Sudan Accepts South Sudanese Mediation in Border Regions
Sudan has for the first time accepted mediation by South Sudan’s leader in peace talks over the restive Sudanese border regions of South Kordofan and Blue Nile, a Sudanese official said on Sunday. Sudan had previously accused its southern neighbor of stoking unrest in the two regions, where rebels kept up a fight against Khartoum’s rule even after most of the territory they fought for decades became independent South Sudan in 2011. Sudan’s government has announced unilateral ceasefires in both regions as well as in Sudan’s troubled western region of Darfur since 2015 and fighting has subsided. Ibrahim al-Sadiq, a spokesman for Sudan’s ruling party, said South Sudanese President Salva Kiir had begun talks with factions from the Sudan People’s Liberation Movement (SPLM) present in South Kordofan and Blue Nile over a peace settlement. Reuters

Madagascar Ex-Presidents in Final Bid to Return to Power
Two former Madagascar presidents drew tens of thousands of supporters to rival rallies in the capital Antananarivo on Saturday as they entered the final stretch of their election campaign. Former President Marc Ravalomanana and rival Andry Rajoelina are frontrunners in the November 7 ballot in Madagascar, where protests earlier this year erupted over a government attempt to reform electoral rules. The election pits Ravalomanana against the man who ousted him from power in 2009 in a military-backed revolt that left the Indian Ocean island state internationally isolated and later struggling with a legacy of bitter political division. Ravalomanana filled the capital’s Mahamasina suburb with his supporters dressed in white, his campaign colour. His rival Rajoelina, head of state from 2009 to 2014, packed out Antsonjombe stadium, a few kilometres away.  AFP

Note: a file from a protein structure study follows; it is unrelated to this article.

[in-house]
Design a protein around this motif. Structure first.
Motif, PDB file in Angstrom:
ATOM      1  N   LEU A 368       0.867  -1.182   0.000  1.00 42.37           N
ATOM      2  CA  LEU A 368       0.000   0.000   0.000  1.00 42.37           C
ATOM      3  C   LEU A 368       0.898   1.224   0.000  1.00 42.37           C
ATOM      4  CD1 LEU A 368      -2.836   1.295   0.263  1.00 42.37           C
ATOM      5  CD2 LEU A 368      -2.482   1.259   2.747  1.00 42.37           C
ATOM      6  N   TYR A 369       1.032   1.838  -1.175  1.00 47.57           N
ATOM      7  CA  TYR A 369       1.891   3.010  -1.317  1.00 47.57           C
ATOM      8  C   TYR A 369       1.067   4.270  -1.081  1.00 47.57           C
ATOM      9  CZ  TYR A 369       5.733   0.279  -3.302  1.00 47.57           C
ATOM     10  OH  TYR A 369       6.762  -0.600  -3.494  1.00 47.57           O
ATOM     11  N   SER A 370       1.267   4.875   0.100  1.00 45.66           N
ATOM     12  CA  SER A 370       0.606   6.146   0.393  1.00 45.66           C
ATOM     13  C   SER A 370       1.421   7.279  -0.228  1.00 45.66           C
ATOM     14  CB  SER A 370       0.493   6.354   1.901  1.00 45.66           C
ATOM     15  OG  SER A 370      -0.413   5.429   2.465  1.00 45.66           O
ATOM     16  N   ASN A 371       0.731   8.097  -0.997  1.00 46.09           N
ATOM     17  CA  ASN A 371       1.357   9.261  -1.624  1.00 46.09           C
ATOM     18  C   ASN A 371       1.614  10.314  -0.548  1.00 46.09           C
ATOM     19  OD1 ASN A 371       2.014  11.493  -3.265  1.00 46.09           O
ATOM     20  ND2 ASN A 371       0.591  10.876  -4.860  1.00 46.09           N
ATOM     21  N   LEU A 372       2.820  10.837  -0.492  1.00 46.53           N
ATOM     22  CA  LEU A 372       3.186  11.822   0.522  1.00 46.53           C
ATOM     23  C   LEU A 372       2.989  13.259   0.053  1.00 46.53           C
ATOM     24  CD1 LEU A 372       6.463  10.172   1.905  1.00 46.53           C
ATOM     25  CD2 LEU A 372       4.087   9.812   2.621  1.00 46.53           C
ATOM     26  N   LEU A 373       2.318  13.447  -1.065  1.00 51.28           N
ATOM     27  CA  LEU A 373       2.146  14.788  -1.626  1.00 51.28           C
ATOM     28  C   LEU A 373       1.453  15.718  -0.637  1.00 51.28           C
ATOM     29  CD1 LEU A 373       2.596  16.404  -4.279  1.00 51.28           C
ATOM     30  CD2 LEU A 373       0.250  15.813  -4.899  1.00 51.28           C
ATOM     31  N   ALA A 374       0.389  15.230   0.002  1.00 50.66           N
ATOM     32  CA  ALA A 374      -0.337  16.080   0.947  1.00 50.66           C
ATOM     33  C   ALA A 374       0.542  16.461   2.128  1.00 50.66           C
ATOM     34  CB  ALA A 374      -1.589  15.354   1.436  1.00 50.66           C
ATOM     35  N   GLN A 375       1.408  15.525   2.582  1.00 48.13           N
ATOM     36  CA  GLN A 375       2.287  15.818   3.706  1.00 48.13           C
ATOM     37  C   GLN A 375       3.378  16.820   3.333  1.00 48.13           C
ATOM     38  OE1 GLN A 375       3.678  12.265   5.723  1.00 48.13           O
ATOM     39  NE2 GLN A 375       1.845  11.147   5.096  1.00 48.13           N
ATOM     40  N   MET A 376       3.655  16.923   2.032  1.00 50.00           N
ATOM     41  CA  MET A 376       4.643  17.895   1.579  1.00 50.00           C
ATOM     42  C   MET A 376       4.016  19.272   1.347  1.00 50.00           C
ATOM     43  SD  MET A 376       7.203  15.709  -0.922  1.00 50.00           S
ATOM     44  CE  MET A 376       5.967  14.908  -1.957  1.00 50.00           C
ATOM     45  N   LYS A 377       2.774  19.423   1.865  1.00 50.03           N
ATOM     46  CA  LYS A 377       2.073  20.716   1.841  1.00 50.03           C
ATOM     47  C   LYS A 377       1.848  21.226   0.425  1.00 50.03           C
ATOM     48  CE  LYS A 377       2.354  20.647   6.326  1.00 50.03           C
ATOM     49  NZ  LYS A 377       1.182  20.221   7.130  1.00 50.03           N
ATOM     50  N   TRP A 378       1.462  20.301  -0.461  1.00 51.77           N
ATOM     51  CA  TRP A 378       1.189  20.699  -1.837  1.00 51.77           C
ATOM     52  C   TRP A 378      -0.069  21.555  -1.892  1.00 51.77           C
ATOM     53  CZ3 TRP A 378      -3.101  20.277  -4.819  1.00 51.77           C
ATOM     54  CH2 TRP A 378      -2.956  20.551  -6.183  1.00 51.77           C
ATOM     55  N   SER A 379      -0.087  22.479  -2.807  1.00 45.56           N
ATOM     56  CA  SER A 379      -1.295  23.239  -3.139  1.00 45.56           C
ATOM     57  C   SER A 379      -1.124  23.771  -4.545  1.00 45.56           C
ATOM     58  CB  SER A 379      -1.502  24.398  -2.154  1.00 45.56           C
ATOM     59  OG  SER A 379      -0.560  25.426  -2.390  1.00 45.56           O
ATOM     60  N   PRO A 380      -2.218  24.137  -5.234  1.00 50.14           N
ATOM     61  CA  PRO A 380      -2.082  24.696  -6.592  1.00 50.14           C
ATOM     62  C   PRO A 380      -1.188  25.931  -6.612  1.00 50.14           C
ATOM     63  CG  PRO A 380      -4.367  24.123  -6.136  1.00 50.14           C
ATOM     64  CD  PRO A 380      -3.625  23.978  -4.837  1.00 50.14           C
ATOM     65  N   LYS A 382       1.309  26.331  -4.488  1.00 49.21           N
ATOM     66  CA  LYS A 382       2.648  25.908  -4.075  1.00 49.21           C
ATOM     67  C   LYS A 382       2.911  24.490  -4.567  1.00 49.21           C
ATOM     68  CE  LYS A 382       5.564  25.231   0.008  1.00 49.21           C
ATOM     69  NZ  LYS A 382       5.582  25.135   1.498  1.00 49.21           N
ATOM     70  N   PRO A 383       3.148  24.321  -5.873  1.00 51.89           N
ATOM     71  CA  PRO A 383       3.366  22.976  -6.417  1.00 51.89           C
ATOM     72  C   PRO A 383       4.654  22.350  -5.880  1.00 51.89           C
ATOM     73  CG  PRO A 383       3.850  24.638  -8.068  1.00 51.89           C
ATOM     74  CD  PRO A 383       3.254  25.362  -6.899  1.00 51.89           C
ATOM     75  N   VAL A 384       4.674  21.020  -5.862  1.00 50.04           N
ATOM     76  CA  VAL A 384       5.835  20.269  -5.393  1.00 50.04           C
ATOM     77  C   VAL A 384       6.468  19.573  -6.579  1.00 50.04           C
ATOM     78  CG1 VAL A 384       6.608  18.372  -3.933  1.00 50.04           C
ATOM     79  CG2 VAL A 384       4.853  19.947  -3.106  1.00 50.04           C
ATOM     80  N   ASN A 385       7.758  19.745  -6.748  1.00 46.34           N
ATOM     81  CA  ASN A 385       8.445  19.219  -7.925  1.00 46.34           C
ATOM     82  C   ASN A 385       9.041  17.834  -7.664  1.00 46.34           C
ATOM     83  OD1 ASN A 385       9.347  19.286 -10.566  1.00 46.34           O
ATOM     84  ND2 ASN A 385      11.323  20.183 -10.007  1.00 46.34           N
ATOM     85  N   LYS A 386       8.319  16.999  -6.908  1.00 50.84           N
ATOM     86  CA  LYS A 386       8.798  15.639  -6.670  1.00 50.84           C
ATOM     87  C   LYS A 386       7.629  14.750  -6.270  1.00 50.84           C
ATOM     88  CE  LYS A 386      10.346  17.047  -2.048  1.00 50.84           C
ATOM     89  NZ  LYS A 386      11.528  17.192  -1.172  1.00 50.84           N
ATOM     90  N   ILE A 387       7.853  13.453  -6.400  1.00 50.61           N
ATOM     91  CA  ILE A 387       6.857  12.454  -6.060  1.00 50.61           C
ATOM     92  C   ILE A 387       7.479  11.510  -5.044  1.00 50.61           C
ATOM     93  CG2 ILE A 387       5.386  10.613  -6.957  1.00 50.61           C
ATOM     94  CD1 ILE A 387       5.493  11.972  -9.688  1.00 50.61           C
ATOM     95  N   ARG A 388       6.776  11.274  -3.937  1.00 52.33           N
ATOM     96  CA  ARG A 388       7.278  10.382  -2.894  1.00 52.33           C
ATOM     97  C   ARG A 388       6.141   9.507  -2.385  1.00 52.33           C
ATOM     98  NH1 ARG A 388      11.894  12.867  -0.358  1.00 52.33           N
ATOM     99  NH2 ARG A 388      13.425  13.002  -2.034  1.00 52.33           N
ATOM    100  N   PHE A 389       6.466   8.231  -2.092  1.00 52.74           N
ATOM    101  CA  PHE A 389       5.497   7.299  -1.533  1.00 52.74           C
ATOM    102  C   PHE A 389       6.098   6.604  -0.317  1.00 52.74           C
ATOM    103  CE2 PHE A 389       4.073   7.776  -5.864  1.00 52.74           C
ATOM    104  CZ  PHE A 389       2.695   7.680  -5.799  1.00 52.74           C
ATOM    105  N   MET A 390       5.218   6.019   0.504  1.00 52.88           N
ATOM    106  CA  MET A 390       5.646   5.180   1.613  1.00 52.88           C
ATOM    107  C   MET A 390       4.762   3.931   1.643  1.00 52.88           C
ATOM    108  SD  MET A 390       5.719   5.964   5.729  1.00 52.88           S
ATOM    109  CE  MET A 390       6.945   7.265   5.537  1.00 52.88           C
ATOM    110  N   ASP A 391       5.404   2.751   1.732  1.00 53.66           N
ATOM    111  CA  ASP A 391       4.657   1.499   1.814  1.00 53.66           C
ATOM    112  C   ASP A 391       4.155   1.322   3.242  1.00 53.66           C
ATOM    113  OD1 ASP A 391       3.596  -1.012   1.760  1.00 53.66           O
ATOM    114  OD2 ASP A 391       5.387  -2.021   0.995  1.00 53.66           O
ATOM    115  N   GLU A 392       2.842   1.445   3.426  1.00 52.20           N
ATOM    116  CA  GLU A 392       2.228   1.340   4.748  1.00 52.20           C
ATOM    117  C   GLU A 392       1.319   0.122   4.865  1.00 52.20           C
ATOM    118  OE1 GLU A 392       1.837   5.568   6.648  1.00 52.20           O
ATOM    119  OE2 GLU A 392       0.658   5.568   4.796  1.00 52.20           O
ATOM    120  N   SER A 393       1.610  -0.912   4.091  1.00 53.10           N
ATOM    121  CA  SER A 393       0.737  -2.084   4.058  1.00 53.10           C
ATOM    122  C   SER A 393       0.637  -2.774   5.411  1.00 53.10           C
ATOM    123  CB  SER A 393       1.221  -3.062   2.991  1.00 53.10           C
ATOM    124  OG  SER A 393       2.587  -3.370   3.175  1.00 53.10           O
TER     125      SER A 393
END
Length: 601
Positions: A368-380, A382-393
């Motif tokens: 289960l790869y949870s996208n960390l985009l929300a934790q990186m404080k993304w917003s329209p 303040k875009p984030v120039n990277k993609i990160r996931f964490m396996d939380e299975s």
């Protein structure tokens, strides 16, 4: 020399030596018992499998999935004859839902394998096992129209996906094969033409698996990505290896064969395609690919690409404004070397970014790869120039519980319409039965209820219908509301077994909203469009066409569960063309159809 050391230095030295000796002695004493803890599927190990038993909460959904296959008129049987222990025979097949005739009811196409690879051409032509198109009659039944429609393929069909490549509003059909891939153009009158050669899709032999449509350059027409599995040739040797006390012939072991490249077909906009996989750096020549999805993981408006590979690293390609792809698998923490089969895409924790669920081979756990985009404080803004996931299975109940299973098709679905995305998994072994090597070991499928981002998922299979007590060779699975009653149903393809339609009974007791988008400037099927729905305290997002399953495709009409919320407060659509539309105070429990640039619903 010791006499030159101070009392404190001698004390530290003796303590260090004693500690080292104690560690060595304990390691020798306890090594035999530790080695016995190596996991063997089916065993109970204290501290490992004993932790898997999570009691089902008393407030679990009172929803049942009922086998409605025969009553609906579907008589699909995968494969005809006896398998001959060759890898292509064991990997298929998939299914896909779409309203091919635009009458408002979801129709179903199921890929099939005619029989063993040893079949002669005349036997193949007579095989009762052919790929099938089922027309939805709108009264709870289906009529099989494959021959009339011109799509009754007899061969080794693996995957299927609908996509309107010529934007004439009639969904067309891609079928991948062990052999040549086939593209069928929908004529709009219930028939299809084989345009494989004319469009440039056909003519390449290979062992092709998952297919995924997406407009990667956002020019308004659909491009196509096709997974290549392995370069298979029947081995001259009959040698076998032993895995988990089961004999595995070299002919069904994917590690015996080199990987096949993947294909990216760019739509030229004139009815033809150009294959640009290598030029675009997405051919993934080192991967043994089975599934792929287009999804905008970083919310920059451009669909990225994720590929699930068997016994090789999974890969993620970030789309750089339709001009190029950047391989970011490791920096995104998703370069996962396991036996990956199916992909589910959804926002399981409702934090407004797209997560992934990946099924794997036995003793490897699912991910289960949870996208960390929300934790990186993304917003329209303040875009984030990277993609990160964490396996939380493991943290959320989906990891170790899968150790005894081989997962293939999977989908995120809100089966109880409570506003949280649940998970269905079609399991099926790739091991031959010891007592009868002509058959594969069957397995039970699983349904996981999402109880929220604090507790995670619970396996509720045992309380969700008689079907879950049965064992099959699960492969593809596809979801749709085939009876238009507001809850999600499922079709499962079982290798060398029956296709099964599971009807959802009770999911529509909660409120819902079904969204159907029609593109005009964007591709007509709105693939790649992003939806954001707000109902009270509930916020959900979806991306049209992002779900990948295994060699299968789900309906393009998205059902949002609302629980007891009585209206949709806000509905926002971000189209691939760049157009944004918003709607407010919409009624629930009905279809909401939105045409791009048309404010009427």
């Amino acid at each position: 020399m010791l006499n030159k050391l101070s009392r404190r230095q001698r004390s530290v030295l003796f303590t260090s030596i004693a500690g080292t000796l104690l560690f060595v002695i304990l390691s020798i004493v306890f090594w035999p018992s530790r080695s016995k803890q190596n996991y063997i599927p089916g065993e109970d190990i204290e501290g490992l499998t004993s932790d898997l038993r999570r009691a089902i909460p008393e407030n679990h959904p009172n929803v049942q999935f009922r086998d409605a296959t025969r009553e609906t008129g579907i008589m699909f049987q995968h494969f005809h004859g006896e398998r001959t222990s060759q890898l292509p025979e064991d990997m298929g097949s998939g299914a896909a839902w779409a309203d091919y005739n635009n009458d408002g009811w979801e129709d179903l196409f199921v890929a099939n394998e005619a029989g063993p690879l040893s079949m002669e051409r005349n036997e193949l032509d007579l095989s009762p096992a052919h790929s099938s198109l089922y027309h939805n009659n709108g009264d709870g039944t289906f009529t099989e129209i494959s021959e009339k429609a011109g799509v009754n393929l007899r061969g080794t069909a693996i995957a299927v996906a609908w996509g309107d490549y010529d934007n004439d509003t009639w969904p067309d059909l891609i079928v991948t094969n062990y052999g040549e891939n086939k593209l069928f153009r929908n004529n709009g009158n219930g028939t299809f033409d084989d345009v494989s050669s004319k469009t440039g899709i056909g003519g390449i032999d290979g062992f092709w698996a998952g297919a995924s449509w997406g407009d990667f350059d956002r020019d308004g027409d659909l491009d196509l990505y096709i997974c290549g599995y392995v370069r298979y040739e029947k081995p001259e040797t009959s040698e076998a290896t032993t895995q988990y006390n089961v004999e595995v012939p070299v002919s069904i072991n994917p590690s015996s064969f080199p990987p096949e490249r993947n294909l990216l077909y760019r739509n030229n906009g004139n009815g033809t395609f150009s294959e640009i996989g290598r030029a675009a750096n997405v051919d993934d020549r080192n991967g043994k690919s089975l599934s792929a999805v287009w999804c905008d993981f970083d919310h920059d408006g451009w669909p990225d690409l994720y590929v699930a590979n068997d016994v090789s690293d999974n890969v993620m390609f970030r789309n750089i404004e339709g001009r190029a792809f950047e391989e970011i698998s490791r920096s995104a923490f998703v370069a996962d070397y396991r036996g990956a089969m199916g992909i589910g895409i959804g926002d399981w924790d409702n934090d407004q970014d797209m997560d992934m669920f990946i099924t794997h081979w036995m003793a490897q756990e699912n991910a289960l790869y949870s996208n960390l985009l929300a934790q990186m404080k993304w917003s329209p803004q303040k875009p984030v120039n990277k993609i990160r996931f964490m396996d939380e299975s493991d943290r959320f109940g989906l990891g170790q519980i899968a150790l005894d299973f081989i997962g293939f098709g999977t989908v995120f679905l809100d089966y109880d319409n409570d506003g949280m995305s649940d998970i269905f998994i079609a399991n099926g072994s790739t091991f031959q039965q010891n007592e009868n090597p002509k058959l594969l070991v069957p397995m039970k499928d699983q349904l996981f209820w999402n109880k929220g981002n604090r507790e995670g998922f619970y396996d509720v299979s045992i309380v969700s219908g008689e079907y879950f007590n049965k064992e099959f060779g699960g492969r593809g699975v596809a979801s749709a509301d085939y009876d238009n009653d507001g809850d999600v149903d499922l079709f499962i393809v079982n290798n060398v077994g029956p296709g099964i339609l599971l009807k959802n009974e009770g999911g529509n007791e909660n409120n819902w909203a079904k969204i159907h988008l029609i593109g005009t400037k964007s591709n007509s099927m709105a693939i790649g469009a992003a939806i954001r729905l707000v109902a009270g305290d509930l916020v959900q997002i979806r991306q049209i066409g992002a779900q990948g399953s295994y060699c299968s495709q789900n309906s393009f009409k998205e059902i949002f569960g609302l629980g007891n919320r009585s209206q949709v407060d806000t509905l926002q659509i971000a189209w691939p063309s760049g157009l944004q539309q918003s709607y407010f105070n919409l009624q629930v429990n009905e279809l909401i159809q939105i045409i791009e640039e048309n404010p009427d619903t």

Rebels Kill Seven Civilians Near DR Congo-Uganda Border
Rebels killed at least seven civilians and abducted 15 others, including children, in fresh overnight raids in the far eastern Democratic Republic of Congo, civilian and military sources said Sunday. Fighters of the Allied Democratic Forces (ADF) staged two raids Saturday night in the North Kivu region bordering Uganda, Teddy Kataliko, leader of the civilian administration in Beni district, told AFP. According to his account, rebels at Mangboko burnt a lorry driver in his vehicle and killed six other civilians, while in Oicha, they killed one person and abducted 15 others — for a total death toll of eight. Beni district administrator Donat Kibwana said seven people were killed and 15 people were abducted, including 10 children. Army spokesman Captain Mak Hazukay also put the death toll at seven. Daily Monitor

Cameroon Separatists Chop Off Fingers of Plantation Workers
Separatist militants attacked workers on a state-run rubber plantation in restive southwestern Cameroon, chopping off their fingers because the men had defied an order to stay away from the farms, authorities said Friday. The attack is the second of its kind in less than a week by the militants, who have responded violently to a government crackdown on separatist activities in the English-speaking parts of the country. David Epie, a 43-year-old worker at a rubber plantation, says armed men attacked him and three of his co-workers on Thursday evening. “I do not know the fate of one of our workers who tried to escape and was shot on the leg,” said Epie, who lost several fingers. He bled as we fled when the attackers were leaving.”  AP